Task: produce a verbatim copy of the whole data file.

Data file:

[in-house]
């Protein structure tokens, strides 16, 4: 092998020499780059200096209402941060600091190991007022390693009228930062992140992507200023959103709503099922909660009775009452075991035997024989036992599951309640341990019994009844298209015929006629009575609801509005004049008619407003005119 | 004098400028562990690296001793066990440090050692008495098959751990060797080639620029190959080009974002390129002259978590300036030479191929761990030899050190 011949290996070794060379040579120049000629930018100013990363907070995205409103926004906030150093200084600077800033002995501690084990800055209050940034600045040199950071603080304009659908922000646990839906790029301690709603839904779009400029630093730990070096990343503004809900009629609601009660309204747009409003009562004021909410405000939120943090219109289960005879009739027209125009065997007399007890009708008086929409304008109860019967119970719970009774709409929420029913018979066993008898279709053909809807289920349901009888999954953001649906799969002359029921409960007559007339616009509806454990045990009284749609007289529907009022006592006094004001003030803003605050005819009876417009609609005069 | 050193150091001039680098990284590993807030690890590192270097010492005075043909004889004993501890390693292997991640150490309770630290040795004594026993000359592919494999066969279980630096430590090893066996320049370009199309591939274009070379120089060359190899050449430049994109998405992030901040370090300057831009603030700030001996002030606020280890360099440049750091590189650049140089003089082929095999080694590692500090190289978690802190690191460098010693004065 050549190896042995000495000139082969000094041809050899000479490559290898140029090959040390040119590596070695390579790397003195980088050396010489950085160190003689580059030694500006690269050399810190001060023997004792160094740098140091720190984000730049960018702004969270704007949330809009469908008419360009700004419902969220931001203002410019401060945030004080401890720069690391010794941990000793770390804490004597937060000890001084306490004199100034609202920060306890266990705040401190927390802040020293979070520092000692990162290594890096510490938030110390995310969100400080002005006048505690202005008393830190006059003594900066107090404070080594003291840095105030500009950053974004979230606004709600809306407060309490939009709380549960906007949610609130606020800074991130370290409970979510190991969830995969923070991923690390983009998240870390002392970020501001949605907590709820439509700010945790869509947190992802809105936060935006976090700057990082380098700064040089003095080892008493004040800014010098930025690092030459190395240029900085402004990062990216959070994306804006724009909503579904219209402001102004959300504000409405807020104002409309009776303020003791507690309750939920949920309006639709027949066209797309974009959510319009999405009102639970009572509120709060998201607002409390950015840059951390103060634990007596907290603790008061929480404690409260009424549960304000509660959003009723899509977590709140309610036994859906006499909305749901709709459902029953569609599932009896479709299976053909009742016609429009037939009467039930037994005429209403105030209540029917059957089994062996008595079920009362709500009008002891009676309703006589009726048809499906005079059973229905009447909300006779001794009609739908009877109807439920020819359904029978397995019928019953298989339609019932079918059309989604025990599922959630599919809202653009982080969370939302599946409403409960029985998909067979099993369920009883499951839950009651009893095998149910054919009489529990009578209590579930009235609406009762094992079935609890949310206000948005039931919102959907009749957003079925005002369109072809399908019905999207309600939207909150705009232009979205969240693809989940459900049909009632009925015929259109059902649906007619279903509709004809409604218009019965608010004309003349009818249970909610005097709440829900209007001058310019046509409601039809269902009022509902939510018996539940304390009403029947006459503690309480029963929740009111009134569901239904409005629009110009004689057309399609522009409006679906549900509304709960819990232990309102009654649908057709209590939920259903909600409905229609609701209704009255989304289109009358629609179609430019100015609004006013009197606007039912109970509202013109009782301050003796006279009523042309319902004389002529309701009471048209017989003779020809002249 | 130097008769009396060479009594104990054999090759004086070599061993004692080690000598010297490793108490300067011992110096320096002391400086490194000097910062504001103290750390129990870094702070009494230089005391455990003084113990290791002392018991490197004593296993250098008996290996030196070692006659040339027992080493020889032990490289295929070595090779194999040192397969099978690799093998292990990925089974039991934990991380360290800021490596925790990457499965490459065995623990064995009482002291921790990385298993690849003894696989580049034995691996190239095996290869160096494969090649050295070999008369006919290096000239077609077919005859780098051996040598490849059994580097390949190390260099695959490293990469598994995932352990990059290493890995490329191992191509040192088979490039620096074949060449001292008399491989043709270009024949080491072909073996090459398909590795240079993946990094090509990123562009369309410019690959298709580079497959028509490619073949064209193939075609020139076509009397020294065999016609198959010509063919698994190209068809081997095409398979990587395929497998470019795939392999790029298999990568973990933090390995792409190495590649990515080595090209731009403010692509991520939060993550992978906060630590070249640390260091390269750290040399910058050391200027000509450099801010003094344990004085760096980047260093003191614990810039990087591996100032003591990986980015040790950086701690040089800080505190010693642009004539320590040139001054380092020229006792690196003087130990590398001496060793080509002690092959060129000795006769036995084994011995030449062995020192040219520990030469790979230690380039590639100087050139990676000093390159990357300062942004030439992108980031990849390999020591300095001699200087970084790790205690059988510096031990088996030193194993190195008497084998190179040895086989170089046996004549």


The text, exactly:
[in-house]
């Protein structure tokens, strides 16, 4: 092998020499780059200096209402941060600091190991007022390693009228930062992140992507200023959103709503099922909660009775009452075991035997024989036992599951309640341990019994009844298209015929006629009575609801509005004049008619407003005119 | 004098400028562990690296001793066990440090050692008495098959751990060797080639620029190959080009974002390129002259978590300036030479191929761990030899050190 011949290996070794060379040579120049000629930018100013990363907070995205409103926004906030150093200084600077800033002995501690084990800055209050940034600045040199950071603080304009659908922000646990839906790029301690709603839904779009400029630093730990070096990343503004809900009629609601009660309204747009409003009562004021909410405000939120943090219109289960005879009739027209125009065997007399007890009708008086929409304008109860019967119970719970009774709409929420029913018979066993008898279709053909809807289920349901009888999954953001649906799969002359029921409960007559007339616009509806454990045990009284749609007289529907009022006592006094004001003030803003605050005819009876417009609609005069 | 050193150091001039680098990284590993807030690890590192270097010492005075043909004889004993501890390693292997991640150490309770630290040795004594026993000359592919494999066969279980630096430590090893066996320049370009199309591939274009070379120089060359190899050449430049994109998405992030901040370090300057831009603030700030001996002030606020280890360099440049750091590189650049140089003089082929095999080694590692500090190289978690802190690191460098010693004065 050549190896042995000495000139082969000094041809050899000479490559290898140029090959040390040119590596070695390579790397003195980088050396010489950085160190003689580059030694500006690269050399810190001060023997004792160094740098140091720190984000730049960018702004969270704007949330809009469908008419360009700004419902969220931001203002410019401060945030004080401890720069690391010794941990000793770390804490004597937060000890001084306490004199100034609202920060306890266990705040401190927390802040020293979070520092000692990162290594890096510490938030110390995310969100400080002005006048505690202005008393830190006059003594900066107090404070080594003291840095105030500009950053974004979230606004709600809306407060309490939009709380549960906007949610609130606020800074991130370290409970979510190991969830995969923070991923690390983009998240870390002392970020501001949605907590709820439509700010945790869509947190992802809105936060935006976090700057990082380098700064040089003095080892008493004040800014010098930025690092030459190395240029900085402004990062990216959070994306804006724009909503579904219209402001102004959300504000409405807020104002409309009776303020003791507690309750939920949920309006639709027949066209797309974009959510319009999405009102639970009572509120709060998201607002409390950015840059951390103060634990007596907290603790008061929480404690409260009424549960304000509660959003009723899509977590709140309610036994859906006499909305749901709709459902029953569609599932009896479709299976053909009742016609429009037939009467039930037994005429209403105030209540029917059957089994062996008595079920009362709500009008002891009676309703006589009726048809499906005079059973229905009447909300006779001794009609739908009877109807439920020819359904029978397995019928019953298989339609019932079918059309989604025990599922959630599919809202653009982080969370939302599946409403409960029985998909067979099993369920009883499951839950009651009893095998149910054919009489529990009578209590579930009235609406009762094992079935609890949310206000948005039931919102959907009749957003079925005002369109072809399908019905999207309600939207909150705009232009979205969240693809989940459900049909009632009925015929259109059902649906007619279903509709004809409604218009019965608010004309003349009818249970909610005097709440829900209007001058310019046509409601039809269902009022509902939510018996539940304390009403029947006459503690309480029963929740009111009134569901239904409005629009110009004689057309399609522009409006679906549900509304709960819990232990309102009654649908057709209590939920259903909600409905229609609701209704009255989304289109009358629609179609430019100015609004006013009197606007039912109970509202013109009782301050003796006279009523042309319902004389002529309701009471048209017989003779020809002249 | 130097008769009396060479009594104990054999090759004086070599061993004692080690000598010297490793108490300067011992110096320096002391400086490194000097910062504001103290750390129990870094702070009494230089005391455990003084113990290791002392018991490197004593296993250098008996290996030196070692006659040339027992080493020889032990490289295929070595090779194999040192397969099978690799093998292990990925089974039991934990991380360290800021490596925790990457499965490459065995623990064995009482002291921790990385298993690849003894696989580049034995691996190239095996290869160096494969090649050295070999008369006919290096000239077609077919005859780098051996040598490849059994580097390949190390260099695959490293990469598994995932352990990059290493890995490329191992191509040192088979490039620096074949060449001292008399491989043709270009024949080491072909073996090459398909590795240079993946990094090509990123562009369309410019690959298709580079497959028509490619073949064209193939075609020139076509009397020294065999016609198959010509063919698994190209068809081997095409398979990587395929497998470019795939392999790029298999990568973990933090390995792409190495590649990515080595090209731009403010692509991520939060993550992978906060630590070249640390260091390269750290040399910058050391200027000509450099801010003094344990004085760096980047260093003191614990810039990087591996100032003591990986980015040790950086701690040089800080505190010693642009004539320590040139001054380092020229006792690196003087130990590398001496060793080509002690092959060129000795006769036995084994011995030449062995020192040219520990030469790979230690380039590639100087050139990676000093390159990357300062942004030439992108980031990849390999020591300095001699200087970084790790205690059988510096031990088996030193194993190195008497084998190179040895086989170089046996004549």